The promise of Easter

Candle

Since the start of the new year, my congregation has lost 29 people to death – either members of the church or close family members.

I can’t remember ever having gone through a stretch quite like this.

During this week following Easter, a week when I ordinarily catch my breath after a busy Lenten season, we will have four funerals or memorials services, every day Tuesday through Friday.  Two of them may involve overflow crowds.  One of the larger ones is for a physician who is said to have delivered more than 9,000 babies during his career in this community.  (One of his nurses in the ICU tearfully told me that he had delivered her.)

Yes, death is a part of life.  Yes, we are not people who grieve as those who have no hope (to paraphrase the Apostle Paul).  And yes, as I’ve written before, I actually feel more like a pastor at a funeral than I do with many other pastoral responsibilities.

But still.

On Easter morning I said in my sermon that Easter worship is not a time for reasons or explanations.  I’ve never preached an Easter sermon titled “Thirteen Incontrovertible Proofs for the Resurrection” – and don’t plan to any time soon.  I don’t think anyone really wants to hear on Easter morning why it’s reasonable to believe that Jesus rose from the dead.

What I said was, “This is a day to believe if there ever was one, to open ourselves to the possibility that it’s true, that death is not the last word that will be spoken about us.”

I’m glad I believe that.  I’m glad I came to that conviction early in my ministry.  During my first year following ordination, I officiated at something like 60 funeral services.  A great deal of my job description at that first church right out of seminary was focused on pastoral care.  I called on homebound people and naturally was the first person to be asked to officiate at the funeral.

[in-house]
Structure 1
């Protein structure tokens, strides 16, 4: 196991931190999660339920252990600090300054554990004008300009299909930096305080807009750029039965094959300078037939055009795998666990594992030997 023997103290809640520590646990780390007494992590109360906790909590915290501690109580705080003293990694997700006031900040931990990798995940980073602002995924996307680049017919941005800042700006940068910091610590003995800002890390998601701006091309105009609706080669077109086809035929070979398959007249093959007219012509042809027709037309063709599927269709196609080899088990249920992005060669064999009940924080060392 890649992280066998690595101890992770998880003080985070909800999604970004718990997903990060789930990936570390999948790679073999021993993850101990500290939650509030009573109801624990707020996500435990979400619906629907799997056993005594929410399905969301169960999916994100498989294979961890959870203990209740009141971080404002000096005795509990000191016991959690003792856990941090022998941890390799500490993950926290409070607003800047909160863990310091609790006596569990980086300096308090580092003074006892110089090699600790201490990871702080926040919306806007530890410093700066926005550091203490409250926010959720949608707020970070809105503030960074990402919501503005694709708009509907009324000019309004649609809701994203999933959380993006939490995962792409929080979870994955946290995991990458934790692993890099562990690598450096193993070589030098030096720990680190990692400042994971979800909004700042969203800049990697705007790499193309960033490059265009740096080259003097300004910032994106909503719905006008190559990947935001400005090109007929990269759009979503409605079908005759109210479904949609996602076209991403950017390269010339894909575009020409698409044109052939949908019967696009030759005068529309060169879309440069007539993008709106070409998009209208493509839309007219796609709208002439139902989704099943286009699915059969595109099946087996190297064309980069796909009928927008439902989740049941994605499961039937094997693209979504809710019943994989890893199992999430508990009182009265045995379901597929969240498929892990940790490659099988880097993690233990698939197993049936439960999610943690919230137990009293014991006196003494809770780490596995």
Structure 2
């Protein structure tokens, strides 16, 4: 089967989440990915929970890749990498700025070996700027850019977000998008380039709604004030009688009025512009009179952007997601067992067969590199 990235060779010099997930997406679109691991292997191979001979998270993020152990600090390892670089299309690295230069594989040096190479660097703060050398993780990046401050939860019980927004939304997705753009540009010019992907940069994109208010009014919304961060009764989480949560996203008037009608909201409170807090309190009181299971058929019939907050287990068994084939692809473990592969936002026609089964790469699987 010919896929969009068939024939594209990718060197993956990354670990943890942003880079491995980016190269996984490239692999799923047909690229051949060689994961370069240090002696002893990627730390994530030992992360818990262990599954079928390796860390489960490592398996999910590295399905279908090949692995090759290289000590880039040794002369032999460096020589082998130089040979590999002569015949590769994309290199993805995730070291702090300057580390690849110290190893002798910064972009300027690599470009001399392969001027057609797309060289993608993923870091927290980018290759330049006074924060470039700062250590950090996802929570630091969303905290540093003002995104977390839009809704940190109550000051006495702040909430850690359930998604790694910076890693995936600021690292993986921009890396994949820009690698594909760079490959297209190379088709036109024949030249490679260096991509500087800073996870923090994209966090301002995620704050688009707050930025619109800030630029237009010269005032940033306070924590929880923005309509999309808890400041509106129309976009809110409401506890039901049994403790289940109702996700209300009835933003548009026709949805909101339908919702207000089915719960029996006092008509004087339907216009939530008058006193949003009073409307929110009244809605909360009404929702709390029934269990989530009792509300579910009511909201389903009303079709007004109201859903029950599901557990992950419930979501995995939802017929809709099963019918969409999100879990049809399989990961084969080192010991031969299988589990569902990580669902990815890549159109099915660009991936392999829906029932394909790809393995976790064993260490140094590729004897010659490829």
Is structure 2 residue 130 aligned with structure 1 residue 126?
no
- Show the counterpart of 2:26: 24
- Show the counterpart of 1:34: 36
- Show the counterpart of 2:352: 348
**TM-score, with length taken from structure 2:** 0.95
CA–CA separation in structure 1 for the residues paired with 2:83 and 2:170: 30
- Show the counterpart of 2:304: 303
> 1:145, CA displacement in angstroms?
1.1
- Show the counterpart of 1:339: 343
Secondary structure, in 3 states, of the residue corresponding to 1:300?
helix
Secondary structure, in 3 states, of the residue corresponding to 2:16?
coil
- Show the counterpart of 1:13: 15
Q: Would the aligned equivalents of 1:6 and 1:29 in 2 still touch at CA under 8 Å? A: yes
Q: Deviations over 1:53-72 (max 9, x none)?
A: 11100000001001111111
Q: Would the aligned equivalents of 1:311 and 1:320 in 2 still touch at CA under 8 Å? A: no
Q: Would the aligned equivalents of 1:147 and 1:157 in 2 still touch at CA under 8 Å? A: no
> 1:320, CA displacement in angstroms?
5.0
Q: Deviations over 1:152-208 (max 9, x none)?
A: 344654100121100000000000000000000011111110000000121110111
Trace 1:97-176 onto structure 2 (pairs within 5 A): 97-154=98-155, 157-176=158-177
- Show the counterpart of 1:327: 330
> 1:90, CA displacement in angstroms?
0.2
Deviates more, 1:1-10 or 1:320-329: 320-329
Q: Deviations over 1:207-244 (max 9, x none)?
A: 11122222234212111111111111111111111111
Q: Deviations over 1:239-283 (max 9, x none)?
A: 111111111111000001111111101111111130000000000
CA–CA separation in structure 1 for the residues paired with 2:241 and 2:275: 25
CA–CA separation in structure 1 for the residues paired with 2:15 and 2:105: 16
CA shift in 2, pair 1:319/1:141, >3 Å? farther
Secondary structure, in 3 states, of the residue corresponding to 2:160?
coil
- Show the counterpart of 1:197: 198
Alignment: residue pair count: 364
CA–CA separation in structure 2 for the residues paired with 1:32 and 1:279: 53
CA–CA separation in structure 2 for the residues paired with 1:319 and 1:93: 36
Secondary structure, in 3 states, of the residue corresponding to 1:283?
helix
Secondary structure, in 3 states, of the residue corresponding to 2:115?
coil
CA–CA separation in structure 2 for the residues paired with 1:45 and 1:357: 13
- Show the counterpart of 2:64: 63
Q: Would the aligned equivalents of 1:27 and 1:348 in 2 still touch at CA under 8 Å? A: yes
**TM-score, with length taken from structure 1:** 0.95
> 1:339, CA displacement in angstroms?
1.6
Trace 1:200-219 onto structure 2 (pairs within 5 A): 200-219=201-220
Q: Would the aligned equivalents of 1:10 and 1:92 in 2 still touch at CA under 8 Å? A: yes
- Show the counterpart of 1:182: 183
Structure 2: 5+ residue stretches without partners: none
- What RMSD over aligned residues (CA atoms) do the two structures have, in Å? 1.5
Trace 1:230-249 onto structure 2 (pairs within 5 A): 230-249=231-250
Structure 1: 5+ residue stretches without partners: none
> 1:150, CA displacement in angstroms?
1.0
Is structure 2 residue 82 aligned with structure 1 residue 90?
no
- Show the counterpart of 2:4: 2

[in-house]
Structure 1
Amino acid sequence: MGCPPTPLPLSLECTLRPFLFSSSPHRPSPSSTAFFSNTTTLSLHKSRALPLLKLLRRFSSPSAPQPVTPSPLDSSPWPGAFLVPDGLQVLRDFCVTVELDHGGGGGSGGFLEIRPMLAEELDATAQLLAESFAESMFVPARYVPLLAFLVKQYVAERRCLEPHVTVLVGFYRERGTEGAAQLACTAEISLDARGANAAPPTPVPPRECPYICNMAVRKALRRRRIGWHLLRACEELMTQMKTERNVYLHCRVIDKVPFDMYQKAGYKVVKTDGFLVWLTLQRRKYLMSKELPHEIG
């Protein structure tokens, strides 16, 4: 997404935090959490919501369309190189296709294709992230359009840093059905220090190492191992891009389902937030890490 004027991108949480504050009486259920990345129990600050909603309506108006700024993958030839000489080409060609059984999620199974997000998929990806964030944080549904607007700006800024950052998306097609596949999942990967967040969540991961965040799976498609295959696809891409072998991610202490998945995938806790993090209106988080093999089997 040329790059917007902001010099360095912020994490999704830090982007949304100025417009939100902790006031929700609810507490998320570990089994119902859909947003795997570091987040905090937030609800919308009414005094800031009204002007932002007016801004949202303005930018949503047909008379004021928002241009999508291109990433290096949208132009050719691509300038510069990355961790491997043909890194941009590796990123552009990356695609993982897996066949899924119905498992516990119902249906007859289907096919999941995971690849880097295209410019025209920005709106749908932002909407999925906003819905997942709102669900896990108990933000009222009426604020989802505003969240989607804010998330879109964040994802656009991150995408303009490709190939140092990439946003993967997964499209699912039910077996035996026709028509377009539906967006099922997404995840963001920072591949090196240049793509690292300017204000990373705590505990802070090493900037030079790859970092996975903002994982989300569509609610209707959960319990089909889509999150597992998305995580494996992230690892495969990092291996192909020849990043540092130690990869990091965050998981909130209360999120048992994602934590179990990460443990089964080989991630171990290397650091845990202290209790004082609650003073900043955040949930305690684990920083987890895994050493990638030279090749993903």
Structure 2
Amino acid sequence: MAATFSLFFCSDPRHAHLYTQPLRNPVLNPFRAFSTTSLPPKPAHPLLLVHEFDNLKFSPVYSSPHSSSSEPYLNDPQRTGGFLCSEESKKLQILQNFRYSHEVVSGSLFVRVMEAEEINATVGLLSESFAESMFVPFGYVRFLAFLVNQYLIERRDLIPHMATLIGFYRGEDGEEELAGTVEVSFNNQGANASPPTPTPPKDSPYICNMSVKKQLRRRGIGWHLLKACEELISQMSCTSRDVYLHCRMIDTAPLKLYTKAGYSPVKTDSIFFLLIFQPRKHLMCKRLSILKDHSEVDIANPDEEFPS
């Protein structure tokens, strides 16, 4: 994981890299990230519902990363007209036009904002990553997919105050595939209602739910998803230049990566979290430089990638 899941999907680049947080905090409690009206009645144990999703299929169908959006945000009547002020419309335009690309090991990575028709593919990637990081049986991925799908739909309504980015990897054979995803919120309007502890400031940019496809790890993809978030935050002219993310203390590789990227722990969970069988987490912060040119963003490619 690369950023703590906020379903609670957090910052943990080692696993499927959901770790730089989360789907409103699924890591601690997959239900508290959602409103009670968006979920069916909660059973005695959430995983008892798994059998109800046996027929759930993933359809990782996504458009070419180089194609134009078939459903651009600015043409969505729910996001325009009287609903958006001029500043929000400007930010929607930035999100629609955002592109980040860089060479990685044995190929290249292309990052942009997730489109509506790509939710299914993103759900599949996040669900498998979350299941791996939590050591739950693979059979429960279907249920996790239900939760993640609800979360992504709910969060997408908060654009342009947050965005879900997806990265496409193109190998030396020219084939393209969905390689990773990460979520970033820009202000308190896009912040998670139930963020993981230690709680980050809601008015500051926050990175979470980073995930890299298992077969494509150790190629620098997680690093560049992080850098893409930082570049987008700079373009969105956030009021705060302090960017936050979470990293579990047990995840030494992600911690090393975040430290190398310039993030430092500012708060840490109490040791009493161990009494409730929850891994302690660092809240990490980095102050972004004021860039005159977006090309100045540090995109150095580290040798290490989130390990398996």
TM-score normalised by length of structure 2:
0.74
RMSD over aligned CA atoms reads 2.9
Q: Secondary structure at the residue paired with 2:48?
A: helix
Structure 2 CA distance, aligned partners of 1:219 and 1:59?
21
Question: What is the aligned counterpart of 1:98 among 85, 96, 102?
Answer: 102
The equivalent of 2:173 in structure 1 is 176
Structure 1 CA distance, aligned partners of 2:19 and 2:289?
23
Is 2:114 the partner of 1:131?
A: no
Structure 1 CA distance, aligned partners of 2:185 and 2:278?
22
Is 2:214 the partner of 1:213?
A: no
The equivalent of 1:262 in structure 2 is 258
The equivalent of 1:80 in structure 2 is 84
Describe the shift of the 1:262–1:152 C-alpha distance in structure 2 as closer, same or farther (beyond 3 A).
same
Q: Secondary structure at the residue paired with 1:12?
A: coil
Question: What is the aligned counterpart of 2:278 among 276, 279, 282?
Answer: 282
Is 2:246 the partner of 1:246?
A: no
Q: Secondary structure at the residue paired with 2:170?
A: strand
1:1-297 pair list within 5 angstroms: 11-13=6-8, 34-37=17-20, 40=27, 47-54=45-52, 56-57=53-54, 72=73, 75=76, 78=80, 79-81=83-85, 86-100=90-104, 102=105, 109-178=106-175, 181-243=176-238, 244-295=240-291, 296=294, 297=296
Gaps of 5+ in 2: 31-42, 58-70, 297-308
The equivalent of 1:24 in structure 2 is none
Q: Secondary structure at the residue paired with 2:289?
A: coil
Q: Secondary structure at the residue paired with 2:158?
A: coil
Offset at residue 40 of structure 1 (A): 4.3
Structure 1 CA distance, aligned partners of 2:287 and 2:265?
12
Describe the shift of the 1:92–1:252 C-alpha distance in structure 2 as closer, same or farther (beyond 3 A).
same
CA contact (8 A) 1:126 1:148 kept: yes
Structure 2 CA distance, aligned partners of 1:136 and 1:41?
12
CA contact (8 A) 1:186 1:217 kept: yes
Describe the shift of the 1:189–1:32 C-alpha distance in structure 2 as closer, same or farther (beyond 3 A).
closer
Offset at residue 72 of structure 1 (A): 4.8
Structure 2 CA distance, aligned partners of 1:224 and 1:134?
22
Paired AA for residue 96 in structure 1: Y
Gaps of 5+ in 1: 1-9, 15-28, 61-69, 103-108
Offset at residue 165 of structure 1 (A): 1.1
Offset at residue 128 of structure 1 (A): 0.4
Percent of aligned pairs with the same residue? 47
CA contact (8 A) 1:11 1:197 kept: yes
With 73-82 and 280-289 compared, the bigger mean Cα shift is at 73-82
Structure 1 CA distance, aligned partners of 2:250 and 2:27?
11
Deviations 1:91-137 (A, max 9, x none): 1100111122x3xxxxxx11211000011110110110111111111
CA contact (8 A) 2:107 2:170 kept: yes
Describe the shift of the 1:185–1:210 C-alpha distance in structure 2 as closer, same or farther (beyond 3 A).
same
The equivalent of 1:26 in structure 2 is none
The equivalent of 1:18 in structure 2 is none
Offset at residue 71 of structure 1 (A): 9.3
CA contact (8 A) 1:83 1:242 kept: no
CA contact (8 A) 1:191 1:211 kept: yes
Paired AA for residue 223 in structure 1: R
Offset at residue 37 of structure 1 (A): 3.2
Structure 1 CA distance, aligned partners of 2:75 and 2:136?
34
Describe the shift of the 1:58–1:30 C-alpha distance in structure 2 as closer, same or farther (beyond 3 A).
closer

At the time, the pace of funerals seemed like a lot, especially for someone so new to ministry.  My mentor said, “You’d better figure out what you believe – and do it quickly.”  I did.  I believe in the promise of Easter.

And haven’t wavered in that belief.

About Doug

I have been a writer ever since fifth grade when I won second prize in a “prose and poetry” contest. I am also a Presbyterian pastor, and for several years toward the end of my career I lived and worked in Zürich, Switzerland. I am now retired and live just north of Holland, Michigan, along the lake.

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5 Responses to The promise of Easter

  1. Sandy Steffen April 3, 2013 at 11:19 am #

    Amen & Amen Doug!!

  2. Laurie Fuller April 3, 2013 at 12:46 pm #

    Yes Dr. Gilbert delivered by 2nd child Michele. He will be missed. I am so sorry I missed his celebration of life. I have to work, just way too much. I never slow down, hope one day I can retire.

    • Doug April 3, 2013 at 1:59 pm #

      Wish you could have heard the tributes! He was a larger-than-life character, but nothing brought him more joy, according to all who knew him, than to bring a new life into the world.

  3. Earl April 3, 2013 at 2:11 pm #

    I can only say one thing about today, Amen, and Doug, thanks for being our pastor.

  4. mike April 3, 2013 at 8:19 pm #

    Being surrounded by kindred spirits is a gift in itself. And it helps at times of great loss. I like having company – lots of it – when it comes to matters of faith. There’s a great deal of that at FirstPres and I am thankful for it. Bet everybody who reads this blog feels that way, too. I liked this post…now that I’m thinking about it, I like ’em all.

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